Why Picture Books by Black Authors and Illustrators are Important
Children learn about their world through both experience and the stories that we tell them. The stories that they hear shape their understanding of those experiences. Stories also widen children's understanding beyond what they can experience. That's where the two types of stories become important; "mirror stories" and "window stories." Mirror stories give children a new vision of themselves and their own experiences. This type of story validates the child's own life and shows themself and their family reflected in the text. Window stories on the other hand, give children a glimpse into a new way of being. These stories are pivotal in ensuring that children develop compassion for others as well as curiosity in the world around them.
What Are #OwnVoices Books and How Can You Find Them?
Historically, white authors and illustrators have dominated publishing. People of color have made up a very small percentage of published authors and this includes children's books. This means BIPOC (Black, Indigenous, and People of Color) children had very few chances to see themselves reflected in the pages of the books being read to them. White children as well were being sold a world view that didn't exist and never had, one where only people who lived. Or if there was representation it was inauthentic or downright hurtful. While progress in this area has been slowly advancing over the years, there was still a huge disparity in children's books. For example, in 2000 less than 3% of children's books published that year featured a black character. In 2015 author Corinne Duyvis suggested the hashtag #OwnVoices to describe books written by a member of a marginalized group depicting a person of that same group. The hashtag took off and inspired the creations of the organization We Need Diverse Books as well as other authors, illustrators, librarians, teachers and activists. (We Need Diverse Books has gone on to no longer use the #OwnVoices label, instead choosing to be more specific with labels like "Korean-American author" or "autistic protagonist.") Since then there has been a concerted push for greater representation in children's literature. While there is still a lot of work to do, there has been a huge improvement in the range and quality of books available. So where can a parent or teacher go to find books featuring Black characters (or any other marginalized group) We Need Diverse Books has a large collection of links to other lists. Of course your local children's librarian is always an excellent resource and here at Green Tree Public Library Miss Emily will be happy to help you find whatever you're looking for.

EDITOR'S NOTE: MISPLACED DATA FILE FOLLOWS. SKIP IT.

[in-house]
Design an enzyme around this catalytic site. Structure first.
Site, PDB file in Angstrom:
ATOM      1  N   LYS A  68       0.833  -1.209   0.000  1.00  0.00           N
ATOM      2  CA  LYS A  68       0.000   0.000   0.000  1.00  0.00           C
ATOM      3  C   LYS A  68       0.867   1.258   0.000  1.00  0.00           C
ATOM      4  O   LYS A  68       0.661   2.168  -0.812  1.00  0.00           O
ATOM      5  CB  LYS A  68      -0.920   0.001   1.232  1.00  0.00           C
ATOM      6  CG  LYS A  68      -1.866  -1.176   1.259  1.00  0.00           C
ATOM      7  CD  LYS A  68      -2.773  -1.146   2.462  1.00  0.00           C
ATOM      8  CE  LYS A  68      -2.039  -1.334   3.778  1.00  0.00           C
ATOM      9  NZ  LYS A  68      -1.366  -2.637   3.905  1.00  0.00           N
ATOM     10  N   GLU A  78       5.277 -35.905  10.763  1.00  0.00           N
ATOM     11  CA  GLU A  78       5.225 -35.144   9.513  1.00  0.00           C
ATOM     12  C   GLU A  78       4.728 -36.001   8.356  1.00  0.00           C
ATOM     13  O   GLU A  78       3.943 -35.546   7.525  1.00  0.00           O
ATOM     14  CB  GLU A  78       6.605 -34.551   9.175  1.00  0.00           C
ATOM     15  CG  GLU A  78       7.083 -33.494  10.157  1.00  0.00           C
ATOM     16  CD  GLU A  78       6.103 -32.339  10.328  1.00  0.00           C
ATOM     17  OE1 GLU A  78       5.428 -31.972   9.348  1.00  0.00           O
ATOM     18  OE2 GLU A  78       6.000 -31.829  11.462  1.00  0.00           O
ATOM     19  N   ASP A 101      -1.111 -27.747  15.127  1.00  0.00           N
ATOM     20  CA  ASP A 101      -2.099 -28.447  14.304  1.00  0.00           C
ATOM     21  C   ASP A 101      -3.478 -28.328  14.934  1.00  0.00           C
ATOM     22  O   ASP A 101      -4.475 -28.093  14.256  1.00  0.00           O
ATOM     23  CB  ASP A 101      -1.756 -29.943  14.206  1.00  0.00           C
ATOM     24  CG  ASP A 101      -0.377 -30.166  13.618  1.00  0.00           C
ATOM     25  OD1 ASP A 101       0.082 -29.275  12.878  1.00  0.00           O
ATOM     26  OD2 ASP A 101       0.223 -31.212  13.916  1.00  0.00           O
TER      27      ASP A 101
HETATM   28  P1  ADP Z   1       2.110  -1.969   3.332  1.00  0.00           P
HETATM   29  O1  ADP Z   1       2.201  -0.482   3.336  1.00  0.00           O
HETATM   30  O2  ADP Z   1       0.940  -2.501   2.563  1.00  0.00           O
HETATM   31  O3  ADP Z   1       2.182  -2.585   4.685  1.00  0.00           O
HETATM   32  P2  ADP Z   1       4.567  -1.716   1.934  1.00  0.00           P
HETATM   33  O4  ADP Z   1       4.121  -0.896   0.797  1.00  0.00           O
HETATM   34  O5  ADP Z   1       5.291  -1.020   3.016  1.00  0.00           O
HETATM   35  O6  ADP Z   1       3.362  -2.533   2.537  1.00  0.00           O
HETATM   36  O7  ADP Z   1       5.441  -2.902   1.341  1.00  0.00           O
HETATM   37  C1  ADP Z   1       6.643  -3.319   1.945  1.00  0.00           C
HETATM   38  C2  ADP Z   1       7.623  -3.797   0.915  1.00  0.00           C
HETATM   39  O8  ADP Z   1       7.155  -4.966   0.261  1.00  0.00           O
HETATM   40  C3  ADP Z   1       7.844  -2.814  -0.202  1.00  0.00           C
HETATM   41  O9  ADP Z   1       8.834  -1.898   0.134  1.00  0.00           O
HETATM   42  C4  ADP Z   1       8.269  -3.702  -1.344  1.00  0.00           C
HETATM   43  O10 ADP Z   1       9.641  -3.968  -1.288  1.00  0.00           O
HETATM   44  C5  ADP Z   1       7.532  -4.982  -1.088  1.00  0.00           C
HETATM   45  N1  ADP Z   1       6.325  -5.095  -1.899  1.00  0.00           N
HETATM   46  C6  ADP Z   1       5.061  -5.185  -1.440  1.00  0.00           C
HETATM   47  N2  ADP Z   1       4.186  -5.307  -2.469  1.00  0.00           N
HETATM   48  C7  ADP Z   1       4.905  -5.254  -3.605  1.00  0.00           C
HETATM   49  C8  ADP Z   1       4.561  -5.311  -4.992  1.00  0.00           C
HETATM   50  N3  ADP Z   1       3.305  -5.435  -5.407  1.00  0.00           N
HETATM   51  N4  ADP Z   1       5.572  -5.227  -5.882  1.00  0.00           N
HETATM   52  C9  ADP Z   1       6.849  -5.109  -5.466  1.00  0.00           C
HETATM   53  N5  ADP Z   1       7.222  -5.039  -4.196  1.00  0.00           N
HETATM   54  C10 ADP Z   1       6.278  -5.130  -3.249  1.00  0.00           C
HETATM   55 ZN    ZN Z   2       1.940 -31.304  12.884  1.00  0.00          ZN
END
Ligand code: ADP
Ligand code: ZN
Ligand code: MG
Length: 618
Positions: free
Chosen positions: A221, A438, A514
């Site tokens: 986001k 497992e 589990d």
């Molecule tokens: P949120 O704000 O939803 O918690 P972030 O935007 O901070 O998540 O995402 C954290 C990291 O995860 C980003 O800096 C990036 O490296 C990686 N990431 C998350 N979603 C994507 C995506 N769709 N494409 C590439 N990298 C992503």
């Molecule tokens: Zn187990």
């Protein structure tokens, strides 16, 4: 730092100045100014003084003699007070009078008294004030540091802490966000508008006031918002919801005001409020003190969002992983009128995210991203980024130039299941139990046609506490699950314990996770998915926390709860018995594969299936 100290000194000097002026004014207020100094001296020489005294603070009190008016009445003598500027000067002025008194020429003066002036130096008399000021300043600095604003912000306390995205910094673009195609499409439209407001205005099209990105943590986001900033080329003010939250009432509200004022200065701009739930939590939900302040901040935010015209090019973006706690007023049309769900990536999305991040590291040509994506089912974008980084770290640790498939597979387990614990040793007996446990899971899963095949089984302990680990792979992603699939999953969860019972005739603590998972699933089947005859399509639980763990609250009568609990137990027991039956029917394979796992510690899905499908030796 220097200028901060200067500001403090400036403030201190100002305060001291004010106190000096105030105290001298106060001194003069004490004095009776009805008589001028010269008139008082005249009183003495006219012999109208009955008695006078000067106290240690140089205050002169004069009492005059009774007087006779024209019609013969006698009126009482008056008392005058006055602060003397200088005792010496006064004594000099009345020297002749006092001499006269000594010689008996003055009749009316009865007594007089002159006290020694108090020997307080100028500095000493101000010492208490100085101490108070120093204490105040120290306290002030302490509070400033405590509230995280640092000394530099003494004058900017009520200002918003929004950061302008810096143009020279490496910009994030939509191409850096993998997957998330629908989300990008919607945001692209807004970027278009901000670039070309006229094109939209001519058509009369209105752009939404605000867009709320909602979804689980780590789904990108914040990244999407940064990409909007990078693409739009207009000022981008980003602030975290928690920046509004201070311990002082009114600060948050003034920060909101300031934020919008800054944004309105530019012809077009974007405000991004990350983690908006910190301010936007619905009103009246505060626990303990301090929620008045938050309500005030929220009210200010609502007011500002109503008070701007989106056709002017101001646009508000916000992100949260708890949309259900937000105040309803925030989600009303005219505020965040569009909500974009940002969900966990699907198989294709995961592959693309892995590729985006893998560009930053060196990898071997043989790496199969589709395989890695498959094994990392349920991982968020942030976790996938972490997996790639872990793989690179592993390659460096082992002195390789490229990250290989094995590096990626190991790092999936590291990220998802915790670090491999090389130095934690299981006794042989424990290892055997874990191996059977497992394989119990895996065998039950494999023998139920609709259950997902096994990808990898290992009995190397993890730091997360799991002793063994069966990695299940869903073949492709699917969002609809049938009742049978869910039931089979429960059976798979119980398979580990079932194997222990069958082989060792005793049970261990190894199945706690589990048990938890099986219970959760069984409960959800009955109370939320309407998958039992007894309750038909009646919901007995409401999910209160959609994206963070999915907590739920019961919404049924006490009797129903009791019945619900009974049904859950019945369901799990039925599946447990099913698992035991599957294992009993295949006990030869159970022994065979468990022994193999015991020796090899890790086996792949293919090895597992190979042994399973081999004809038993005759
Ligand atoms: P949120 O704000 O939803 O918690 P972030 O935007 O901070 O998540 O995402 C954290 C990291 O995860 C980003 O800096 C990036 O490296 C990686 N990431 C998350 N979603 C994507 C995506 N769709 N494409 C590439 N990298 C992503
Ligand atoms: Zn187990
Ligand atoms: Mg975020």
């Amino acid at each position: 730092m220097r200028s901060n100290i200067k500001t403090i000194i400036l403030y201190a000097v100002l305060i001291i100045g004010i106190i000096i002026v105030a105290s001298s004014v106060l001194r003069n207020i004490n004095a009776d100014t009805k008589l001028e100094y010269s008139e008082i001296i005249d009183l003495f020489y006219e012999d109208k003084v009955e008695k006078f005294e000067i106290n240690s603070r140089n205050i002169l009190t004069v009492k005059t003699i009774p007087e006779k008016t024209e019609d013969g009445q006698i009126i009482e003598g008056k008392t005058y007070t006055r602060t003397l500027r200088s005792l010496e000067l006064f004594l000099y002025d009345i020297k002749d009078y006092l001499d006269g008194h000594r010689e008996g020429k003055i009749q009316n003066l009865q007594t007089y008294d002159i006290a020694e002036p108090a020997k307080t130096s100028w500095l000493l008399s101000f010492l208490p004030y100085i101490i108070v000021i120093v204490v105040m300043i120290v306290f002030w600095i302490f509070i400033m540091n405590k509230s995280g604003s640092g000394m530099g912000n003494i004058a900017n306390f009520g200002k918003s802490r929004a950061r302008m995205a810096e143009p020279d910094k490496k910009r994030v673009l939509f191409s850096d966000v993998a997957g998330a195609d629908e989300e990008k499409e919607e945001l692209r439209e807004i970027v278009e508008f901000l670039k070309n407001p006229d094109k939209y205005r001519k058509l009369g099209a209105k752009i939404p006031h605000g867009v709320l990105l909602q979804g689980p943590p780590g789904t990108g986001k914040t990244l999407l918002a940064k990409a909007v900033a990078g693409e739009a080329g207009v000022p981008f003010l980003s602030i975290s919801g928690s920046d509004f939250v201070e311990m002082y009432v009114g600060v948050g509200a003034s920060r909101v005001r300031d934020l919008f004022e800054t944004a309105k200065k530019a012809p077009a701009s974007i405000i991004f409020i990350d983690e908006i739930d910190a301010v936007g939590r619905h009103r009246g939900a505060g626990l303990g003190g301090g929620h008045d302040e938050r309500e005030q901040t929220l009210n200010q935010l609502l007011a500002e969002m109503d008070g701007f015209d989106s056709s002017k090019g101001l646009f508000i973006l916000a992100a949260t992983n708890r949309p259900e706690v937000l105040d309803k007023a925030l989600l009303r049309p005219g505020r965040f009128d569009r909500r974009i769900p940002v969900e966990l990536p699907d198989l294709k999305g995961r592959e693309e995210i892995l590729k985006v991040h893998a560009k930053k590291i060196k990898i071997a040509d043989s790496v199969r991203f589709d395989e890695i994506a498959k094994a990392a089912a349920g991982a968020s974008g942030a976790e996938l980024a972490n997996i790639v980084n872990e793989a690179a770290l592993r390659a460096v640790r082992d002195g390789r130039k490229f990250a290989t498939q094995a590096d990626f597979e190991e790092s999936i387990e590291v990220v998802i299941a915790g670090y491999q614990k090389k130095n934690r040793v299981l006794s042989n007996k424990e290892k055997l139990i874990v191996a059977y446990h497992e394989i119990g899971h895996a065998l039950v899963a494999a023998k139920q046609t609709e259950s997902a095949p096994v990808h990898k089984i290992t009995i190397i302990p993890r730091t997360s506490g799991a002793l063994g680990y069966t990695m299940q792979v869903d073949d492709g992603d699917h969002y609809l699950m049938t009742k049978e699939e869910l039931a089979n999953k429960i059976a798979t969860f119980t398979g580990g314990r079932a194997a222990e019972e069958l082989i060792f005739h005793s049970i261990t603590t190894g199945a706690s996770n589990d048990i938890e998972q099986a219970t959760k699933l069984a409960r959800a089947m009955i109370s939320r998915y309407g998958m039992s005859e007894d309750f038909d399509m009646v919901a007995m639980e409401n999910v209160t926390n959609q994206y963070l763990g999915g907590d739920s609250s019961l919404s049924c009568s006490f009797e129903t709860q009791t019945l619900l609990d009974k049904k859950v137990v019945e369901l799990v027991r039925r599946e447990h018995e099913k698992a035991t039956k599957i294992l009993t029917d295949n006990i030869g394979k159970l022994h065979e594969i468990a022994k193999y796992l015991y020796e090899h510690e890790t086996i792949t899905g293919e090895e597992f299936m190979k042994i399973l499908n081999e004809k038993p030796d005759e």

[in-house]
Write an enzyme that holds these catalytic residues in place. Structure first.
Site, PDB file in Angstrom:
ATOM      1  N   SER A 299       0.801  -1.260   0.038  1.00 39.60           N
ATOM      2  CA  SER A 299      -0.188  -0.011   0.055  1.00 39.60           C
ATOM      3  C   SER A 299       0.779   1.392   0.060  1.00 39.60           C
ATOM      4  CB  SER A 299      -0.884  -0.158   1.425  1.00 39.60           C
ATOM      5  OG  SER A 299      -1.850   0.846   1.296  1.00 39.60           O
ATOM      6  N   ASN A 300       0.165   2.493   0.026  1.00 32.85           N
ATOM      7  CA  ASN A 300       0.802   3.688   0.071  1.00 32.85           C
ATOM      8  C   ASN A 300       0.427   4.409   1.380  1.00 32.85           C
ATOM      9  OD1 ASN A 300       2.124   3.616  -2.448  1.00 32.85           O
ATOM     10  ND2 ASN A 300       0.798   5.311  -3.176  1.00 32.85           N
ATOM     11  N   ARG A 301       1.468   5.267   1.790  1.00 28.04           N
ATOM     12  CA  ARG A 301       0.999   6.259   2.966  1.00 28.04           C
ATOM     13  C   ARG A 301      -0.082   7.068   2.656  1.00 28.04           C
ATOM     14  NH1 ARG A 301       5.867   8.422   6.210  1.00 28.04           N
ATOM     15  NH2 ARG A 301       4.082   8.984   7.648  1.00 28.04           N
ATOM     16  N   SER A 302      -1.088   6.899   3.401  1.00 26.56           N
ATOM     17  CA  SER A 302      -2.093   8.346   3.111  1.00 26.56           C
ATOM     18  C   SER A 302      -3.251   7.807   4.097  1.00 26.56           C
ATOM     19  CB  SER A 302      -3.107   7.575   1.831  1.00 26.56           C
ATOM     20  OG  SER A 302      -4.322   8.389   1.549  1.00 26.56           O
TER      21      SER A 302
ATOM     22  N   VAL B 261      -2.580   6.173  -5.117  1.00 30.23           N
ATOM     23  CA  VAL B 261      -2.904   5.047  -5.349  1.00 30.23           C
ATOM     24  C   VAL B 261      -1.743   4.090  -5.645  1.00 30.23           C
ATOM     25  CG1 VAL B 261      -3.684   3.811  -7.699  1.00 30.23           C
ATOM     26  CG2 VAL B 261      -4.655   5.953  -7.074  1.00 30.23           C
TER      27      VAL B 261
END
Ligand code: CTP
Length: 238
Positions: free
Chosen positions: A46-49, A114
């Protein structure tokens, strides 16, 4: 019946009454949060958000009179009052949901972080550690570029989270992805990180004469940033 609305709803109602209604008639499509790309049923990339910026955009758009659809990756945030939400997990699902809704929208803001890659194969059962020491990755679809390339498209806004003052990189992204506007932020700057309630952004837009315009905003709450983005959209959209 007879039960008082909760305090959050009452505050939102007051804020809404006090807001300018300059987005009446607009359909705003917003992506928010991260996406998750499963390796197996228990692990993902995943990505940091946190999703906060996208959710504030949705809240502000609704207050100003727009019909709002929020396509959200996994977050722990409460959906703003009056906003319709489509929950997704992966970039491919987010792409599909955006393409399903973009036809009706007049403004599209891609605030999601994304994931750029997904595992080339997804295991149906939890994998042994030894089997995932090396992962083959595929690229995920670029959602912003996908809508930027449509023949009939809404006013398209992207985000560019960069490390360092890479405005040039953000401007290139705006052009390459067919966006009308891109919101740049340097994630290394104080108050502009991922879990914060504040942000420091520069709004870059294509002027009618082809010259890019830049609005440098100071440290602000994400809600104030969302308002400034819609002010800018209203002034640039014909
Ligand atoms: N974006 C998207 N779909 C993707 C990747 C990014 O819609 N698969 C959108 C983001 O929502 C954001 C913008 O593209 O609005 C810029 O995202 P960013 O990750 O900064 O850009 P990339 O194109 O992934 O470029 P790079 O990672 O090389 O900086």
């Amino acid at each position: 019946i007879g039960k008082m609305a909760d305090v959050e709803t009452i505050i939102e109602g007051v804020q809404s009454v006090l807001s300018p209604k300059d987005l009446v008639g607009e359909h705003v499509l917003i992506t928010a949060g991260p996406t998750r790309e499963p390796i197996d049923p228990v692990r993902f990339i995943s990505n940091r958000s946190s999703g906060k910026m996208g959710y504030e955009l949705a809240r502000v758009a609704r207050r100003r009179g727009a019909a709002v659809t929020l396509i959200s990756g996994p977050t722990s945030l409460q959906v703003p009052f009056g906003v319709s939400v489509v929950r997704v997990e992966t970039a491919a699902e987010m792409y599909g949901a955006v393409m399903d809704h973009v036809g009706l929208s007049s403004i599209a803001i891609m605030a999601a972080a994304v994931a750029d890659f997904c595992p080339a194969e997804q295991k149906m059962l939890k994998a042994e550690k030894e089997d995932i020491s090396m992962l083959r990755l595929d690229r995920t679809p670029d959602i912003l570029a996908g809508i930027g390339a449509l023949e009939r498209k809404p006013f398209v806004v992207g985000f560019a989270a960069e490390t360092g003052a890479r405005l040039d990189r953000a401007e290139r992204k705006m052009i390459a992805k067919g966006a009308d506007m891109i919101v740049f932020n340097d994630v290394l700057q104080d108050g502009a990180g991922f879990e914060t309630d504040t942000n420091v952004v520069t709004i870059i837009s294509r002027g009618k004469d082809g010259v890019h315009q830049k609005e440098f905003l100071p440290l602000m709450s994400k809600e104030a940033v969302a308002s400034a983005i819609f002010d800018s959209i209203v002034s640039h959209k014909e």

Seven of Miss Emily's Favorite Books
Crown: an ode to the fresh cut by Derrick Barnes
Is there anything better than a fresh haircut? It makes you feel taller, smarter, ready to take on the world. That joy is captured in the multi-award winning book with vivid illustrations and strong text to read aloud.
Hair Love by Matthew Cherry
Both and ode to the bond between a father and a daughter and the beauty of Black hair, this cute and charming book is a staple at Miss Emily's house for bedtime with her own children. It was also made into an Oscar Winning animated short film that is every bit as lovely as the book.
Me & Mama by Cozbi Cabrera
A simple celebration of love between a mother and daughter this soft and poetic book is another favorite at Miss Emily's house. It follows a little girl throughout a rainy day with her mama, from the time she wakes up until the time she goes to bed. Cabera's art and words paint a portrait of a warm and cozy family life that any child would be drawn to.
Tar Beach by Faith Ringgold
This classic from 1991 was one of Miss Emily's favorites when she was a child. It's a beautifully dreamy book about a child imagining flying away from "Tar Beach," the rooftop of her apartment building in Harlem, and soaring over New York City before returning home and teaching her brother to fly too.
Thank You, Omu! by Oge Mora
Omu, which means queen in Igbo, is making up a big pot of delicious, thick, red stew. The smell entices a small boy to come and ask for a bowl. Then one by one all the neighbors stop by for a bowl, but by dinner the pot has run dry. What will Omu do? What will her neighbors do? This beautifully illustrated book about sharing reminds Miss Emily of the great Ezra Jack Keats reimagined for the 2000's.
You Matter by Christian Robinson
Author and illustrator Christian Robinson is the master of children's books that are both down to earth and philosophical. You Matter is no exception, showing how everyone matters, even the very smallest of the small and we're all connected.
Your Name is a Song by Jamilah Thompkins-Bigelow
Long gone are the days when roll call was just a series of Marys, Johns, Tims, and Elizabeths. Children these days have a diverse and varied set of names hailing from all over the world and this melodic book celebrates that wonderful diversity. It reassures children that their name is special, important and has a history that reflects who they are, as well as teaching them to be respectful of other people's names as well.